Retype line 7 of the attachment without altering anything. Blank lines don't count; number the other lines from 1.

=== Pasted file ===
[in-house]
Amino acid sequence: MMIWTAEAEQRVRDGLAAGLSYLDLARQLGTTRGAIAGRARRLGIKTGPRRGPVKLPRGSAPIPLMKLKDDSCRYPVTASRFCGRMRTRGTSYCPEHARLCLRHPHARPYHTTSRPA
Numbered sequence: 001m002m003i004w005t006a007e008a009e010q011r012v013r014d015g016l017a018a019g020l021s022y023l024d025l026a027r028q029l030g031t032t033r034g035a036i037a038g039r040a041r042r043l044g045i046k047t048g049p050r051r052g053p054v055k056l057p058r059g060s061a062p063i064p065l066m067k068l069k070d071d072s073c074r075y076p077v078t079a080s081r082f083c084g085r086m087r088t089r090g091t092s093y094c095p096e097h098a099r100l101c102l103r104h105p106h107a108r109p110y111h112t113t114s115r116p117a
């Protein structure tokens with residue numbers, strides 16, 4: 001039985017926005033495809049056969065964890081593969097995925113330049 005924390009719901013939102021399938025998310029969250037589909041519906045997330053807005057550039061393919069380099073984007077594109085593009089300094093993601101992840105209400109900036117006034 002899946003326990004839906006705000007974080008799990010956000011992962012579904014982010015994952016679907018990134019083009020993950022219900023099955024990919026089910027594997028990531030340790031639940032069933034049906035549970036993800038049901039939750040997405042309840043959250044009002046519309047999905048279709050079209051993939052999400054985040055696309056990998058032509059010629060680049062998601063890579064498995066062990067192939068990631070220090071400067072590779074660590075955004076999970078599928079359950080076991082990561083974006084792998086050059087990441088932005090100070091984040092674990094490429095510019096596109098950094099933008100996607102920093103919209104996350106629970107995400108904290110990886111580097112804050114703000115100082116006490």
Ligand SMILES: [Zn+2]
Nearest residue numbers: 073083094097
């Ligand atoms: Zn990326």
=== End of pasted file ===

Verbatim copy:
């Ligand atoms: Zn990326």